Archibald Douglas, 1st Earl of Forfar

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Archibald Douglas, first earl of Forfar (1653–1712), nobleman, was born in Lanarkshire on 3 May 1653, the eldest son of the second marriage of Archibald Douglas, earl of Angus (c.1609–1655), to Lady Jean Wemyss (d. 1715), eldest daughter of David Wemyss, second earl of Wemyss. On his father's death, in January 1655, Douglas ought to have succeeded to the title of second earl of Ormond, which his father obtained from Charles II in April 1651 for himself and the heirs-male of his second marriage. However, owing to Charles's defeat at Worcester and the establishment of the Commonwealth, the patent never passed the great seal, and the title of earl of Ormond was never borne by either father or son. Nevertheless, after the Restoration, by patent dated 2 October 1661, the king created Douglas earl of Forfar, Lord Wandell and Hartside, with precedency dating from the original grant of 1651.

Forfar sat in parliament in 1670, but there appears to be little record of the earl's public life until the revolution of 1688. This is probably due to his apparent dissatisfaction with aspects of the Scottish policy of both Charles II and James VII and II. Like his father, he seems to have held covenanting sympathies. In 1685 a complaint was brought before the privy council that Forfar, along with various others, had since August 1679 ‘attended house and field conventicles in the shires of Lanerk … or elsewhere, and heard divers rebels and vagrant preachers, “these trumpets of sedition and rebellion”’, and had ‘proposed to levy money for rebels, prisoners or banished persons’ (Reg. PCS, 10.121).

After the revolution Forfar was sworn of the privy council, and regularly attended parliament and council. He was appointed one of the commissioners for executing the office of keeper of the privy seal, and in March 1689 subscribed both the act declaring the convention to be a lawful meeting of the estates, and the letter of congratulation to King William. Throughout the period from 1689 to 1702 he was actively employed on a number of committees dealing with a variety of subjects, receiving the praise of the duke of Hamilton for having carried himself very well in parliament.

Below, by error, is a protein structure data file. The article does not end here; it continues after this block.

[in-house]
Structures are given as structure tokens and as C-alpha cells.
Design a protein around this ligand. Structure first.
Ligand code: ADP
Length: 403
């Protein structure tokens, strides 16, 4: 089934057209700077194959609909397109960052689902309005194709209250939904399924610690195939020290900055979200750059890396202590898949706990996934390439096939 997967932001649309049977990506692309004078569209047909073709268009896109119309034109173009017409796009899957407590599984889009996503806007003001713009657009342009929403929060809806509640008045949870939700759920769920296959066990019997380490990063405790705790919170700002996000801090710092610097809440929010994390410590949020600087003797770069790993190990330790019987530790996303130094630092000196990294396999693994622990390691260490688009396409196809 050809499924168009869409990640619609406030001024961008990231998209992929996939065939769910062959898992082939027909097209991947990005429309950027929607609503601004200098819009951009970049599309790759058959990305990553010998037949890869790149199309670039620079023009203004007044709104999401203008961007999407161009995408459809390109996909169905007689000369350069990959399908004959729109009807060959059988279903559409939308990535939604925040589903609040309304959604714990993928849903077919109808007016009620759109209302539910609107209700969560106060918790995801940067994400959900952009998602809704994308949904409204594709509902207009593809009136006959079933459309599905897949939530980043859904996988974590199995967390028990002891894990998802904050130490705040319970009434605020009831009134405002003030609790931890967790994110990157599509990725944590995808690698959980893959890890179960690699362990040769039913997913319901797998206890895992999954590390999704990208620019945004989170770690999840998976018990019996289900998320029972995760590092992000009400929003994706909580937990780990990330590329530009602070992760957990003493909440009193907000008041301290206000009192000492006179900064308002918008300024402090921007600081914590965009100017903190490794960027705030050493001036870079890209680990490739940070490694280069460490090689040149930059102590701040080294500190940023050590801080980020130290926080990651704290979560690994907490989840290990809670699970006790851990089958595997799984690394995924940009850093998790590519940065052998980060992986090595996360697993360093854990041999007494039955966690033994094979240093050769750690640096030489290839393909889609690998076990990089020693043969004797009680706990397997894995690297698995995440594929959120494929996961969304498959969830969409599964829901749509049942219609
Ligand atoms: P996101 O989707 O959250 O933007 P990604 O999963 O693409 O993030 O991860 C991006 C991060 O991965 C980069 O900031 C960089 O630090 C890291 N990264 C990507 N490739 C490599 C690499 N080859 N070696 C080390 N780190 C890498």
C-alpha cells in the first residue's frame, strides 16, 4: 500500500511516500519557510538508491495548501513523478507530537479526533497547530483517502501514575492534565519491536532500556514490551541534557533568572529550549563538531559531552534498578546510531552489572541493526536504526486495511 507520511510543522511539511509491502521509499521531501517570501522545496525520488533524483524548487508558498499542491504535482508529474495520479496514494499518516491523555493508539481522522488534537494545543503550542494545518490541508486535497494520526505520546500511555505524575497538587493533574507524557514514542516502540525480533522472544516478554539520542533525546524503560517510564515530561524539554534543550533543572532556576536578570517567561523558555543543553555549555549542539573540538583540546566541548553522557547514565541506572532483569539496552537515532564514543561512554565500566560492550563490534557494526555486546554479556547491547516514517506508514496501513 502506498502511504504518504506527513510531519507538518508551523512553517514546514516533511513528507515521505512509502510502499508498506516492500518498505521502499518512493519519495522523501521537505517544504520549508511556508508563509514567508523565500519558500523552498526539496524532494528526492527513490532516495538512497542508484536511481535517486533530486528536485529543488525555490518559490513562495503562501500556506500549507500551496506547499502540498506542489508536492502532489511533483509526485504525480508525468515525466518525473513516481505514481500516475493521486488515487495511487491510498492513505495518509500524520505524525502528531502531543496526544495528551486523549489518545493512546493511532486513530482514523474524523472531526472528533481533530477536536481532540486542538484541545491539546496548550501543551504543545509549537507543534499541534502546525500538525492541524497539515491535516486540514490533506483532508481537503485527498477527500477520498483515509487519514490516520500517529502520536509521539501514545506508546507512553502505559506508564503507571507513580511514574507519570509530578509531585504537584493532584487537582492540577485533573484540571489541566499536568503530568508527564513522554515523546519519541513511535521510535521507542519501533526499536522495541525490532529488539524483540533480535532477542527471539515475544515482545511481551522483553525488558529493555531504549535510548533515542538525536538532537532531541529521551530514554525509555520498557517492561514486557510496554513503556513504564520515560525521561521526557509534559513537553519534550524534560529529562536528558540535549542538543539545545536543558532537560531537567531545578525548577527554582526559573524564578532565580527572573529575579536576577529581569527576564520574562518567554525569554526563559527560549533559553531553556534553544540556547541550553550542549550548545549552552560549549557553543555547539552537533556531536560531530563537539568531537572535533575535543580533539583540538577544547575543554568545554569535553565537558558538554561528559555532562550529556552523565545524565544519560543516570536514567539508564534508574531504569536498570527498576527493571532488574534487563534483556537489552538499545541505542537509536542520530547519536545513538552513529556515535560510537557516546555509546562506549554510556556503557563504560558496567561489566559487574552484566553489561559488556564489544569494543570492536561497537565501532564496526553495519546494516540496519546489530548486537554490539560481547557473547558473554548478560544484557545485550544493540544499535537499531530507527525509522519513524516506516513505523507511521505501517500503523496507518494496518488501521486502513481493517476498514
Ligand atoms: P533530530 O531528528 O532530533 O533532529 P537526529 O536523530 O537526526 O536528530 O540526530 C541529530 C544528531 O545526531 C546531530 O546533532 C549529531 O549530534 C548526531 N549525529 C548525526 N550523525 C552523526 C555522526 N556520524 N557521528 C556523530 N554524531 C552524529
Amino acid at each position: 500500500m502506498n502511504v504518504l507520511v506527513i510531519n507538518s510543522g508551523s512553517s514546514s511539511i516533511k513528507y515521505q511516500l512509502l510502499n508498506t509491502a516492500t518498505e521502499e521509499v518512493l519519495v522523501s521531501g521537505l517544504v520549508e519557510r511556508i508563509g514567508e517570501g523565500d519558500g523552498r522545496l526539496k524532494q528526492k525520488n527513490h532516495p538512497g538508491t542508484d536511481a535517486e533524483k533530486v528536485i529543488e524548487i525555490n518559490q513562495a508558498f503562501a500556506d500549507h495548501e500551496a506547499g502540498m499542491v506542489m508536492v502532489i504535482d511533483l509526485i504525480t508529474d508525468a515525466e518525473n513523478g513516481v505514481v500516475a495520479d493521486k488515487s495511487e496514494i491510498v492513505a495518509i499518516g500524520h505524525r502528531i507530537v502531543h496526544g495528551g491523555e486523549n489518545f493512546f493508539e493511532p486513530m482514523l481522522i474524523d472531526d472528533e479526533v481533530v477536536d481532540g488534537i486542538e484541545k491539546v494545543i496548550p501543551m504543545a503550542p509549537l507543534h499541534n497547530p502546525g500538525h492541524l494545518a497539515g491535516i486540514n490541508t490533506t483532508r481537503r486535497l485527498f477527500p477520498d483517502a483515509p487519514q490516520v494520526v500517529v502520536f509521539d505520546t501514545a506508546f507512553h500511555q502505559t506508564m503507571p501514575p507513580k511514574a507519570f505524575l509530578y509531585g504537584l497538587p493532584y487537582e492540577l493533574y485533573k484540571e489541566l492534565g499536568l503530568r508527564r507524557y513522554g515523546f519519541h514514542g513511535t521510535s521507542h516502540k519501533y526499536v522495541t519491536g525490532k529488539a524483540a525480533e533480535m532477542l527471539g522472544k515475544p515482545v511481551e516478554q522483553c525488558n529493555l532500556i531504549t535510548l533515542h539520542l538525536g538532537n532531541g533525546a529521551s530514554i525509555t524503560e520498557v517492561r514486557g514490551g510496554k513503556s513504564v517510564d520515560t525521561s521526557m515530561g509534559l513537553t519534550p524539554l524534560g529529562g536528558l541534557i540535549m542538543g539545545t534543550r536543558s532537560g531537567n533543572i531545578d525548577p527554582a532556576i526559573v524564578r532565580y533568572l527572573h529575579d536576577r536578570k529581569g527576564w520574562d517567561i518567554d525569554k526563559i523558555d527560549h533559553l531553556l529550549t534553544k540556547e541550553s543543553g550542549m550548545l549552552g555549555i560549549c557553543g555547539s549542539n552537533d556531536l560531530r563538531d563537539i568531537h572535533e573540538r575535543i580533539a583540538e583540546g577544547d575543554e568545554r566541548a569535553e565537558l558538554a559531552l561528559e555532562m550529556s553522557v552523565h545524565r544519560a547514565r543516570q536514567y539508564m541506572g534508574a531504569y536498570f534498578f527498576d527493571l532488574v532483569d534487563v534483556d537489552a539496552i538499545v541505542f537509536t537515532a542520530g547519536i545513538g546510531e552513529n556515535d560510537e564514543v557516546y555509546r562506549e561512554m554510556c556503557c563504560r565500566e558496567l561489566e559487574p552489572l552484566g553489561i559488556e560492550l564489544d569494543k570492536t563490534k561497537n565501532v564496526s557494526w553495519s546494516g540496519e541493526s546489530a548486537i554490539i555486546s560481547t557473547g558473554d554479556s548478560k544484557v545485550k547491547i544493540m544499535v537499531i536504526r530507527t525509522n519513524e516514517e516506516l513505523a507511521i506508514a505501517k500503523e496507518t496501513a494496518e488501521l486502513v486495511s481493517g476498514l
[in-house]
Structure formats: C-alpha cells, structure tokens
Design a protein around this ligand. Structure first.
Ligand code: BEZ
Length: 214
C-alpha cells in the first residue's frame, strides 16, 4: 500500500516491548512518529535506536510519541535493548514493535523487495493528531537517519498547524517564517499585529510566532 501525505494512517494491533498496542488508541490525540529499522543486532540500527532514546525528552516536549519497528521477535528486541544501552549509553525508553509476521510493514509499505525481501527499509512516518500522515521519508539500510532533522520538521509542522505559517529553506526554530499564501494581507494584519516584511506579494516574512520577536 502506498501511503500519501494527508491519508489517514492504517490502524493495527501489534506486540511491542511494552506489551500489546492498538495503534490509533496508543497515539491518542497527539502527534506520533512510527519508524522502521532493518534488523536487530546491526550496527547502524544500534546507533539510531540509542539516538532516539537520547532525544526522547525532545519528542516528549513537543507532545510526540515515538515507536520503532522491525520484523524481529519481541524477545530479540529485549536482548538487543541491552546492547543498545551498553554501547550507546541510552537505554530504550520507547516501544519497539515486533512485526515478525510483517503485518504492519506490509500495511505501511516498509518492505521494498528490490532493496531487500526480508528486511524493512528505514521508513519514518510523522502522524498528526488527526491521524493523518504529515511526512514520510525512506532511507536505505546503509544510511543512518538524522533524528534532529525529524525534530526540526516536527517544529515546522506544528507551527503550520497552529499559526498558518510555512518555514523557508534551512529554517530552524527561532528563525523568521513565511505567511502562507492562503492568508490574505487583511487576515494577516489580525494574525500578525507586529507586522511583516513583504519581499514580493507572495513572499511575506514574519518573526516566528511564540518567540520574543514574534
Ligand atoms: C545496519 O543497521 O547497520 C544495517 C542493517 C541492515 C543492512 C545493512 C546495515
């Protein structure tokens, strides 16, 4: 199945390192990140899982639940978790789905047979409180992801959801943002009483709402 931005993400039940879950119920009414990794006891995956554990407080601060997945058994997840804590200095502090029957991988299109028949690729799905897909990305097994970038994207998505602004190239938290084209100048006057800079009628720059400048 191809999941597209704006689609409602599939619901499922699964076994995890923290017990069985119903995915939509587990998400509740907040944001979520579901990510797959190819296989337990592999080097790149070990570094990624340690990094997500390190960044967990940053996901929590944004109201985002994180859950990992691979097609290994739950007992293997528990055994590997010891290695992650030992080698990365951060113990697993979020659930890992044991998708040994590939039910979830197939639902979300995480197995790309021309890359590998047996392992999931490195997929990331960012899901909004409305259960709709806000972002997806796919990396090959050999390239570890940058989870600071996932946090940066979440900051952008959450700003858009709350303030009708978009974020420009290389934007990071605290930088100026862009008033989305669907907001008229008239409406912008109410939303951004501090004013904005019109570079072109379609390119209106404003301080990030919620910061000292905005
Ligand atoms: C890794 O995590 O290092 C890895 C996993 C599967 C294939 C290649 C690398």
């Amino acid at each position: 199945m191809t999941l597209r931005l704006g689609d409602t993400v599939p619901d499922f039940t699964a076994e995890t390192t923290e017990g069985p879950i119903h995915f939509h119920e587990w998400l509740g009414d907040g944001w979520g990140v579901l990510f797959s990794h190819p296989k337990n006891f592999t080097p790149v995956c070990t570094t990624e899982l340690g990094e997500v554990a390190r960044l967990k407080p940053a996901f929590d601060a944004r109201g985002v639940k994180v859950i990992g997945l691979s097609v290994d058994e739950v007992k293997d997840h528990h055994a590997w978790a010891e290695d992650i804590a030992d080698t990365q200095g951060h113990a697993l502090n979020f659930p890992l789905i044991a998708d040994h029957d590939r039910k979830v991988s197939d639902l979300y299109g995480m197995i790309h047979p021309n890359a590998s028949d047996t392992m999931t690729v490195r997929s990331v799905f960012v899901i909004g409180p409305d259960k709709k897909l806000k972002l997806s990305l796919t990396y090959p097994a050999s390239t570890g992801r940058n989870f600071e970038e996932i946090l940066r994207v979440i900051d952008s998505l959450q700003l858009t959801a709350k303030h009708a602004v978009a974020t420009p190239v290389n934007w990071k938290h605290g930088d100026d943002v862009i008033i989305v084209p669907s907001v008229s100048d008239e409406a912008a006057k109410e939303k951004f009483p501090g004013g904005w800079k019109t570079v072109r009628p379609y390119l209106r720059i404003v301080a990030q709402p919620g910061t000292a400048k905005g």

Following the accession of Queen Anne, Forfar remained active in public affairs. He was a member of the privy council, and one of the lords of the Treasury—an office he held until the dissolution of that court, in consequence of the treaty of Union. Queen Anne promised him an equivalent post, and until it was obtained gave him in compensation a yearly pension of £300, although, ultimately, no similar position was forthcoming. During the debates concerning parliamentary Union, Forfar appears to have steadily voted with the government.

Forfar married Robina (1661/2–1749), daughter of Sir William Lockhart of Lee and a close friend of Queen Mary. He possessed the baronies of Bothwell and Wandell in Lanarkshire, but resided chiefly at Bothwell Castle.

He built Bothwell House as his new residence, using stone from the castle.
He died at Bothwell on 23 December 1712 and was buried in Bothwell church, where his countess erected a monument to his memory. He was succeeded as earl by their only son, Archibald Douglas (1692–1715).
Archibald Douglas, Earl of Forfar voted for the Union of Crowns in 1707, having allegedly received £100 in payment from the English.
Baron Alexander Douglas of Eagleshaw also voted for the Union, but received no payment, as did the Earl of Mortoun (sic).
Barons Archibald Douglas of Cavers and William Douglas of Dornock voted against the Union.

Father: Archibald (Earl Angus) Douglas
Mother: Jean Wemyss

Archibald Douglas, 1st Earl of Forfar (b 03.05.1653, d 23.12.1712)
m.Robina Lockhart (d 1741, dau of Sir William Lockhart of Lee)
(1)Archibald Douglas, 2nd Earl of Forfar (b 25.05.1692, d unm after Sheriffmuir 03.12.1715




Sources for this article include:

•  Dictionary of National Biography. London: Smith, Elder & Co. 1885–1900.

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Last modified: Friday, 17 May 2024